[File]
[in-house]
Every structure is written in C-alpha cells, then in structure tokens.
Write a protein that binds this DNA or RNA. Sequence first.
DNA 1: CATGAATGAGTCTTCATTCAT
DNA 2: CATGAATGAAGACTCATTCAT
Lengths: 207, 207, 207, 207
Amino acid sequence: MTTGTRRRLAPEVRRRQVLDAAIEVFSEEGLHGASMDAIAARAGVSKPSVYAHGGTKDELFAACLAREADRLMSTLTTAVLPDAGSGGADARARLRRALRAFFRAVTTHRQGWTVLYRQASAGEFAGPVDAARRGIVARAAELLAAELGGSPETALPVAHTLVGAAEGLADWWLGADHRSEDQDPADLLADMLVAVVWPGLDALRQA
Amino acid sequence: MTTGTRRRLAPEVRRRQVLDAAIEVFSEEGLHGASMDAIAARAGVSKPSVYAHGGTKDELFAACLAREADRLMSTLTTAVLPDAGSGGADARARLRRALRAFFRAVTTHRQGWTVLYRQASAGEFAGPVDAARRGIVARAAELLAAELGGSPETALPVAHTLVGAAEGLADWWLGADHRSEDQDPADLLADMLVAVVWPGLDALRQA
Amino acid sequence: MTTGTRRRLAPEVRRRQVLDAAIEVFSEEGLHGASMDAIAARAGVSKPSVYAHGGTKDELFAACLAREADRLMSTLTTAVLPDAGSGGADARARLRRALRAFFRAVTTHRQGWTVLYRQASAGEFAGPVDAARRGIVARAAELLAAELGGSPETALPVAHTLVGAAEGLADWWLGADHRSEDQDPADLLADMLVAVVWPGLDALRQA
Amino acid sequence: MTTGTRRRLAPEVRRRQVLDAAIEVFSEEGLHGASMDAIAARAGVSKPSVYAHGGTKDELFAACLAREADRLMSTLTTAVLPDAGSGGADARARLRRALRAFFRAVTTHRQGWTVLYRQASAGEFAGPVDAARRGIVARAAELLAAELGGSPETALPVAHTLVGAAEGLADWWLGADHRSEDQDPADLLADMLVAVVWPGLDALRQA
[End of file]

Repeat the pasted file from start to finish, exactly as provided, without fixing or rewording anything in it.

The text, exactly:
[in-house]
Every structure is written in C-alpha cells, then in structure tokens.
Write a protein that binds this DNA or RNA. Sequence first.
DNA 1: CATGAATGAGTCTTCATTCAT
DNA 2: CATGAATGAAGACTCATTCAT
Lengths: 207, 207, 207, 207
Amino acid sequence: MTTGTRRRLAPEVRRRQVLDAAIEVFSEEGLHGASMDAIAARAGVSKPSVYAHGGTKDELFAACLAREADRLMSTLTTAVLPDAGSGGADARARLRRALRAFFRAVTTHRQGWTVLYRQASAGEFAGPVDAARRGIVARAAELLAAELGGSPETALPVAHTLVGAAEGLADWWLGADHRSEDQDPADLLADMLVAVVWPGLDALRQA
Amino acid sequence: MTTGTRRRLAPEVRRRQVLDAAIEVFSEEGLHGASMDAIAARAGVSKPSVYAHGGTKDELFAACLAREADRLMSTLTTAVLPDAGSGGADARARLRRALRAFFRAVTTHRQGWTVLYRQASAGEFAGPVDAARRGIVARAAELLAAELGGSPETALPVAHTLVGAAEGLADWWLGADHRSEDQDPADLLADMLVAVVWPGLDALRQA
Amino acid sequence: MTTGTRRRLAPEVRRRQVLDAAIEVFSEEGLHGASMDAIAARAGVSKPSVYAHGGTKDELFAACLAREADRLMSTLTTAVLPDAGSGGADARARLRRALRAFFRAVTTHRQGWTVLYRQASAGEFAGPVDAARRGIVARAAELLAAELGGSPETALPVAHTLVGAAEGLADWWLGADHRSEDQDPADLLADMLVAVVWPGLDALRQA
Amino acid sequence: MTTGTRRRLAPEVRRRQVLDAAIEVFSEEGLHGASMDAIAARAGVSKPSVYAHGGTKDELFAACLAREADRLMSTLTTAVLPDAGSGGADARARLRRALRAFFRAVTTHRQGWTVLYRQASAGEFAGPVDAARRGIVARAAELLAAELGGSPETALPVAHTLVGAAEGLADWWLGADHRSEDQDPADLLADMLVAVVWPGLDALRQA